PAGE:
Three seasons and change has led the Rockets here, to the end of a long road. They are no longer trying to mask the obvious, pretending misery is beauty, pretending catastrophe is an accidental design, nor are they eager to cling to Dwight Howard who is a diminished figure in the sport, a disappearing man. No one is particularly happy about this sudden fall from grace thrust upon the Rockets, not Howard, not James Harden, not those in charge of building a championship contender. Out of the playoffs in April hardly makes sense when Dwight Howard is on the team. Except this isn’t that Dwight Howard. This dude is a sleepwalking facsimile stumbling through the last half of his career while pretending it never happened, this grotesque failure. As promises go, it was broken a long time ago, before Howard entered the Houston scorched earth and it is why Dwight Howard is not going to be redeemed anytime soon.
Memory lane is a sorrowful thing but here goes. It wasn’t that long ago when Dwight Howard was the league’s best center. The mighty have fallen in a span of three years, and as is Howard’s way, he takes a heap of people with him as he crashes to earth, leaving damage that is irreversible. Idealism having left a long time ago, the Rockets were at their miserable worst all season long and the playoffs only regurgitated the theory that they are broken with Howard in the mix. He isn’t their only problem, they have a list of issues. But Howard is their largest focal point. Watching him walk out the door, at this point, is an act of benevolence for everyone involved.
Howard has a way of creating fatigue and then incentivizing scorn so the divorce part of the Howard-Rockets story makes everyone involved a little relieved.
This year is thankfully over. Dwight Howard’s impact has been mediocre on every level of team play. And that’s not even the worst part. He has the look of a man dying from a disease that has no cure. As has been a ten year gripe, Howard has been unhappy with his touches and watching him mope like a two year old at bedtime is a reminder that it always ends like this for Howard, a line in the sand he crosses over to reach somewhere else.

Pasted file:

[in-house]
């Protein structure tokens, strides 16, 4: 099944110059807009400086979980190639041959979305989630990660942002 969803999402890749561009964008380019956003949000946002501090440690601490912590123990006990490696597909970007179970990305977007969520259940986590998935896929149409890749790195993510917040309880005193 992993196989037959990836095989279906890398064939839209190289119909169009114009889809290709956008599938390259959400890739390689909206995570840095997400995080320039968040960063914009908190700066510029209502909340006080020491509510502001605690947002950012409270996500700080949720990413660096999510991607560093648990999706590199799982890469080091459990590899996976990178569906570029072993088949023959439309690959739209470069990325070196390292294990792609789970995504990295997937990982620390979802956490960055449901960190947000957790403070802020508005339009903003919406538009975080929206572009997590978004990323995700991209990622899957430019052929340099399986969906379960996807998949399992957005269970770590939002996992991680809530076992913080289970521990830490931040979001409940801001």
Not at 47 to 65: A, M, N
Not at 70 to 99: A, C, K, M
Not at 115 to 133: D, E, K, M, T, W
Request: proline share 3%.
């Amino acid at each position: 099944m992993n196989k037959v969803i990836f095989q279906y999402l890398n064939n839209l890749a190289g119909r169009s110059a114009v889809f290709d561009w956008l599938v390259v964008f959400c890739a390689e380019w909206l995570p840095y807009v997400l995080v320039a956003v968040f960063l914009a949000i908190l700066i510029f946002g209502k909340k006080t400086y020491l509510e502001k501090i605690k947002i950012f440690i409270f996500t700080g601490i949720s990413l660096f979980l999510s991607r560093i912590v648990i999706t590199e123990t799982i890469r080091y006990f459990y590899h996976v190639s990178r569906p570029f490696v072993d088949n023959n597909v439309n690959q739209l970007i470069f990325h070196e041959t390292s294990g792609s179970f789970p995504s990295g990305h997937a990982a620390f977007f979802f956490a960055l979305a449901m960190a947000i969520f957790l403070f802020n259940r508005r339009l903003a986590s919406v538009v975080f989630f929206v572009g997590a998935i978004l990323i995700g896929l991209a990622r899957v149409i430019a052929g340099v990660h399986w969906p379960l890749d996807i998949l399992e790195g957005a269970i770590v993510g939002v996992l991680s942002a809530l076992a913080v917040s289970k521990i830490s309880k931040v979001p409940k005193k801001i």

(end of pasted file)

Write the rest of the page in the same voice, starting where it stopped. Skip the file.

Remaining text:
Howard completed the second worst year of his career. Not since he was a rookie has he been this average. It’s easy to forget that seven seasons ago Howard played in the NBA Finals. He hasn’t been close to returning.
|2008-09, Orlando Magic||20.6||57.2%||13.8||2.9|
|2015-16, Houston Rockets||13.7||62.0%||11.8||1.6|
If the best predictor of future behavior is past behavior then by all means blame Daryl Morey. There were so many red flags the Rockets GM ignored in his starry crush to snag Dwight Howard out of Los Angeles. In his 2012-13 season with the Lakers, Howard underperformed most of the year. A lot of that was due to his physical situation and being in pain. Back surgery takes a long time to heal and it’s not very pretty to go through it day by day. That was understood. The rest of it was on Howard who was labeled next-generation until he could no longer live the lie.